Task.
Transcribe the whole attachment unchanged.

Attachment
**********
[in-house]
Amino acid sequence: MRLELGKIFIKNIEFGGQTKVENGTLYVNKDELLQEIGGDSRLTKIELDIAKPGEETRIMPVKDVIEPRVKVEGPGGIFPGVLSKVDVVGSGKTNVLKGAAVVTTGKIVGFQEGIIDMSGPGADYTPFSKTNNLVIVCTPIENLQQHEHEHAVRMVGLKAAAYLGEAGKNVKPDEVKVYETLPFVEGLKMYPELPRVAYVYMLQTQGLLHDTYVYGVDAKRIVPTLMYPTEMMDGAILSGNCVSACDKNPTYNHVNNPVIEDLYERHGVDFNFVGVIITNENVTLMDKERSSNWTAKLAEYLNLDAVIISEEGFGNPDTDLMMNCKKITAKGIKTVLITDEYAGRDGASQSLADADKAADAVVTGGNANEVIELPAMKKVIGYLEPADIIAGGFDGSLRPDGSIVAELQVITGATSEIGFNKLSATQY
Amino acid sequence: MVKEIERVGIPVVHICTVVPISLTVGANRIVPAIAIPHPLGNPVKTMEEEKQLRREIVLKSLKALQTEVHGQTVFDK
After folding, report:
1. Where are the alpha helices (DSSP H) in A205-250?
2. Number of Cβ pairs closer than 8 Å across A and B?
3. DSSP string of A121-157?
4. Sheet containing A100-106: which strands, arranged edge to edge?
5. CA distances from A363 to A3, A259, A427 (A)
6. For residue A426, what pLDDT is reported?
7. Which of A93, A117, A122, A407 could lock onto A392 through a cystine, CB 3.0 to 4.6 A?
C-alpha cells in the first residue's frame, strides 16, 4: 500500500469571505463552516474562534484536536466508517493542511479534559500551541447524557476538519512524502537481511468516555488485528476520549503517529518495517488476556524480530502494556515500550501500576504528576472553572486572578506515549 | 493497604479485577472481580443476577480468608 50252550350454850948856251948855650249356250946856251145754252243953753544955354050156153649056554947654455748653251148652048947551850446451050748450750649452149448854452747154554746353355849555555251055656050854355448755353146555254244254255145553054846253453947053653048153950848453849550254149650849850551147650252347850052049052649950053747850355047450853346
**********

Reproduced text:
[in-house]
Amino acid sequence: MRLELGKIFIKNIEFGGQTKVENGTLYVNKDELLQEIGGDSRLTKIELDIAKPGEETRIMPVKDVIEPRVKVEGPGGIFPGVLSKVDVVGSGKTNVLKGAAVVTTGKIVGFQEGIIDMSGPGADYTPFSKTNNLVIVCTPIENLQQHEHEHAVRMVGLKAAAYLGEAGKNVKPDEVKVYETLPFVEGLKMYPELPRVAYVYMLQTQGLLHDTYVYGVDAKRIVPTLMYPTEMMDGAILSGNCVSACDKNPTYNHVNNPVIEDLYERHGVDFNFVGVIITNENVTLMDKERSSNWTAKLAEYLNLDAVIISEEGFGNPDTDLMMNCKKITAKGIKTVLITDEYAGRDGASQSLADADKAADAVVTGGNANEVIELPAMKKVIGYLEPADIIAGGFDGSLRPDGSIVAELQVITGATSEIGFNKLSATQY
Amino acid sequence: MVKEIERVGIPVVHICTVVPISLTVGANRIVPAIAIPHPLGNPVKTMEEEKQLRREIVLKSLKALQTEVHGQTVFDK
After folding, report:
1. Where are the alpha helices (DSSP H) in A205-250?
2. Number of Cβ pairs closer than 8 Å across A and B?
3. DSSP string of A121-157?
4. Sheet containing A100-106: which strands, arranged edge to edge?
5. CA distances from A363 to A3, A259, A427 (A)
6. For residue A426, what pLDDT is reported?
7. Which of A93, A117, A122, A407 could lock onto A392 through a cystine, CB 3.0 to 4.6 A?
C-alpha cells in the first residue's frame, strides 16, 4: 500500500469571505463552516474562534484536536466508517493542511479534559500551541447524557476538519512524502537481511468516555488485528476520549503517529518495517488476556524480530502494556515500550501500576504528576472553572486572578506515549 | 493497604479485577472481580443476577480468608 50252550350454850948856251948855650249356250946856251145754252243953753544955354050156153649056554947654455748653251148652048947551850446451050748450750649452149448854452747154554746353355849555555251055656050854355448755353146555254244254255145553054846253453947053653048153950848453849550254149650849850551147650252347850052049052649950053747850355047450853346